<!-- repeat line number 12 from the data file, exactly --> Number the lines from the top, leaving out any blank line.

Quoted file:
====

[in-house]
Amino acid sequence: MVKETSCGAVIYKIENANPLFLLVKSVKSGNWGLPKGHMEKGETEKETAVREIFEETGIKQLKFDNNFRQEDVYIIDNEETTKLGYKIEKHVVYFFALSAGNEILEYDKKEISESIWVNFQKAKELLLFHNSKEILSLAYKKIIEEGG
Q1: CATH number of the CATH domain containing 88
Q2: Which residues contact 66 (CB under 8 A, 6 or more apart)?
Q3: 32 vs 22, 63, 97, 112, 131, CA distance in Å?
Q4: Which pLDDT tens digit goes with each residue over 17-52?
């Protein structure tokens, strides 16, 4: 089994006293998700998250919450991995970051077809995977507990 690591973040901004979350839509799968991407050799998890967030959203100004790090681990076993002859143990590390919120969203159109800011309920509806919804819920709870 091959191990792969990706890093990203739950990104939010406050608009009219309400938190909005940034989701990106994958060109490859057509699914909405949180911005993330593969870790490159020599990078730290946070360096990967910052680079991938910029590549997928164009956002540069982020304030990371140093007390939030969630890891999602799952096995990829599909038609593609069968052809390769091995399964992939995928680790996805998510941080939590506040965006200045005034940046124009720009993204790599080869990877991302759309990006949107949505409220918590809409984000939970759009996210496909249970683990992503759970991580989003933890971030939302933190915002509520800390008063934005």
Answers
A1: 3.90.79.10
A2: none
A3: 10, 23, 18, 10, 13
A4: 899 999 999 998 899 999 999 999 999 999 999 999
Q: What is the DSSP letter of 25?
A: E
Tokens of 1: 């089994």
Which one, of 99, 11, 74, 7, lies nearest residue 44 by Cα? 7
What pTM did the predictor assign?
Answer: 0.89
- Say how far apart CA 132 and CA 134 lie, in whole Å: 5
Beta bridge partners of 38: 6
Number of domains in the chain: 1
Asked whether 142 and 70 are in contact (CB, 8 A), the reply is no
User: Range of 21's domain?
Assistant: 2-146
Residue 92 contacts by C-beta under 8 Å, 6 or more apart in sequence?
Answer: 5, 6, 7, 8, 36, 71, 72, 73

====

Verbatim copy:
A4: 899 999 999 998 899 999 999 999 999 999 999 999